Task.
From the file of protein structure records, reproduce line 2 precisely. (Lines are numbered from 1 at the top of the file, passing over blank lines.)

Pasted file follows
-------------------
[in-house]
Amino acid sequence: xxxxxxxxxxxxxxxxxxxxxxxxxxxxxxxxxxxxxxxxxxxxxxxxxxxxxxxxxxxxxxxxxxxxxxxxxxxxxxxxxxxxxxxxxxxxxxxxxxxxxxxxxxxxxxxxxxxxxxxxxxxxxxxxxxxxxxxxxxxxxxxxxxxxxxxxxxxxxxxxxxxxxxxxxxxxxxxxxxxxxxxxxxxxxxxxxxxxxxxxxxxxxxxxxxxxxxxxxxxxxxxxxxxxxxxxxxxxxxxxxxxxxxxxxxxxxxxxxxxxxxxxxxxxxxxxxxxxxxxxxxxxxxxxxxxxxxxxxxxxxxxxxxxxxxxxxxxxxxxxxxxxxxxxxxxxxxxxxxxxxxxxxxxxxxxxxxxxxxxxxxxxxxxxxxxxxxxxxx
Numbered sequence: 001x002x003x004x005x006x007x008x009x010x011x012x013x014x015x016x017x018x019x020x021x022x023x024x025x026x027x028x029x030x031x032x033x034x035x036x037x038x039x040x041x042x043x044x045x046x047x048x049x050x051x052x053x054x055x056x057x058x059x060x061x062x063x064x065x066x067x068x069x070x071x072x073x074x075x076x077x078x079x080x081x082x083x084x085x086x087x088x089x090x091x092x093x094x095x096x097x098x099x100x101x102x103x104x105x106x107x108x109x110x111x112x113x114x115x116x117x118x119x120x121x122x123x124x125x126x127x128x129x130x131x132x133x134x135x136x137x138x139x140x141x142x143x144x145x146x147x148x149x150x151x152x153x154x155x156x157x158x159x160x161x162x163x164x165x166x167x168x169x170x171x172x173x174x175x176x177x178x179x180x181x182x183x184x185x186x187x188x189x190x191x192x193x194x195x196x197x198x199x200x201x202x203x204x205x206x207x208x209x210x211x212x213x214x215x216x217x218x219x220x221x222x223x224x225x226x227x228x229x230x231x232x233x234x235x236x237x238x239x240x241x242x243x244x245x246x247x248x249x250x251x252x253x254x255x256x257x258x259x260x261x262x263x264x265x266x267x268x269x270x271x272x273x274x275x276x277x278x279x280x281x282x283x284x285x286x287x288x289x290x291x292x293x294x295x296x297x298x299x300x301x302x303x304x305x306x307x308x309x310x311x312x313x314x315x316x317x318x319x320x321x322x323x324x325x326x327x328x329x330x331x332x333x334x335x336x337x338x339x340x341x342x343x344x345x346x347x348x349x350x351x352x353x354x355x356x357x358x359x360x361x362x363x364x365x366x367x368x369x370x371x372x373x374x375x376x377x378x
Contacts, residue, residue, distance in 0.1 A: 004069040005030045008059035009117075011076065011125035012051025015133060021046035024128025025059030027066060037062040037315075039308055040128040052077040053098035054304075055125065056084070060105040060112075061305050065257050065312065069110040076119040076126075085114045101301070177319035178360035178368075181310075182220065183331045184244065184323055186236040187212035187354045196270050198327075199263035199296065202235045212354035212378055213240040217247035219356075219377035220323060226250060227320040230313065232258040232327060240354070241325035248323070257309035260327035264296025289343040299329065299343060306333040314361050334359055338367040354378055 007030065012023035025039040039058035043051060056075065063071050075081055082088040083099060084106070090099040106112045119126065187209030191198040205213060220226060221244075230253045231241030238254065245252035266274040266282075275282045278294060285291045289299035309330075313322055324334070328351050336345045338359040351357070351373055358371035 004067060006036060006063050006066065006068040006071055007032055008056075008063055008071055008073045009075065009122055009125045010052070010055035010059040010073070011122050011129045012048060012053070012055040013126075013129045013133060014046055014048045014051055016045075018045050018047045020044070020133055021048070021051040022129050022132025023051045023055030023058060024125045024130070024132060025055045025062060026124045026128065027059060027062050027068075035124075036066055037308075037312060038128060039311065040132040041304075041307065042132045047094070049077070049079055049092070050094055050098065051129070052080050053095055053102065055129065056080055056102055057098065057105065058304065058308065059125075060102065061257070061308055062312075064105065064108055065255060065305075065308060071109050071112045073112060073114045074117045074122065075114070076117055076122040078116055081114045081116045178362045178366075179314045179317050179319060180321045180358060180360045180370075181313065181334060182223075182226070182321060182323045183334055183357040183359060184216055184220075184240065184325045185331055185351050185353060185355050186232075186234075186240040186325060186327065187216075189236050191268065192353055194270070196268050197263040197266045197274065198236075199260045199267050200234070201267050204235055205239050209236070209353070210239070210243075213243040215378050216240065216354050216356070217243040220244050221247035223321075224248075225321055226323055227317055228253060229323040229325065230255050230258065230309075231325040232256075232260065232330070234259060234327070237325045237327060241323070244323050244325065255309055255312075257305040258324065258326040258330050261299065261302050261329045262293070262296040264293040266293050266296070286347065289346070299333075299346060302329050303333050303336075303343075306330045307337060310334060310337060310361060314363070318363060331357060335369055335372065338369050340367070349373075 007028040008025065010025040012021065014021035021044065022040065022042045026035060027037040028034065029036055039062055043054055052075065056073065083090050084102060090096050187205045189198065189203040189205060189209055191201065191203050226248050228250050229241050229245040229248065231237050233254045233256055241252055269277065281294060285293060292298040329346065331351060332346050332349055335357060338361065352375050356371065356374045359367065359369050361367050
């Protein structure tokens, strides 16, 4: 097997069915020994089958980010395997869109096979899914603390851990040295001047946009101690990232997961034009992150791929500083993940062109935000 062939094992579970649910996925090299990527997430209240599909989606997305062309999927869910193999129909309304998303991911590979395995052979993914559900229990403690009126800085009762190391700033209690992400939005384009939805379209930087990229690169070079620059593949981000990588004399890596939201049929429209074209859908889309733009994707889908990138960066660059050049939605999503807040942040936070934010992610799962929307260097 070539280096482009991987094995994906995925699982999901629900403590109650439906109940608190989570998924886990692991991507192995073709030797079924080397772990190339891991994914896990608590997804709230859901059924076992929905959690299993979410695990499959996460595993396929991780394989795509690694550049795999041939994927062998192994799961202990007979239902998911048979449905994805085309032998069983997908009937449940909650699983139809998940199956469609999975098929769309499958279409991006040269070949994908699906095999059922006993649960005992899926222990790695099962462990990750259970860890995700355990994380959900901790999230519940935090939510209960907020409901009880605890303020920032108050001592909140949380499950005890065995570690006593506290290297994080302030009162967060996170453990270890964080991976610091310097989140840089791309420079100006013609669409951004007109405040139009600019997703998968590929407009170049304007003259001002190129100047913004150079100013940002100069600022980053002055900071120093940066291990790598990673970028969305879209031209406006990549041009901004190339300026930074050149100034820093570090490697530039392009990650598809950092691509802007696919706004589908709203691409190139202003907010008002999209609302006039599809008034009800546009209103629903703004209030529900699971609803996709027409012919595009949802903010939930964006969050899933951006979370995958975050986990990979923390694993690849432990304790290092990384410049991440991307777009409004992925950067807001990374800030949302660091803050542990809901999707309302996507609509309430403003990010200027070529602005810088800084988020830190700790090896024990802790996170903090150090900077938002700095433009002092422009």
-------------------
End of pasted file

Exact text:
Amino acid sequence: xxxxxxxxxxxxxxxxxxxxxxxxxxxxxxxxxxxxxxxxxxxxxxxxxxxxxxxxxxxxxxxxxxxxxxxxxxxxxxxxxxxxxxxxxxxxxxxxxxxxxxxxxxxxxxxxxxxxxxxxxxxxxxxxxxxxxxxxxxxxxxxxxxxxxxxxxxxxxxxxxxxxxxxxxxxxxxxxxxxxxxxxxxxxxxxxxxxxxxxxxxxxxxxxxxxxxxxxxxxxxxxxxxxxxxxxxxxxxxxxxxxxxxxxxxxxxxxxxxxxxxxxxxxxxxxxxxxxxxxxxxxxxxxxxxxxxxxxxxxxxxxxxxxxxxxxxxxxxxxxxxxxxxxxxxxxxxxxxxxxxxxxxxxxxxxxxxxxxxxxxxxxxxxxxxxxxxxxxx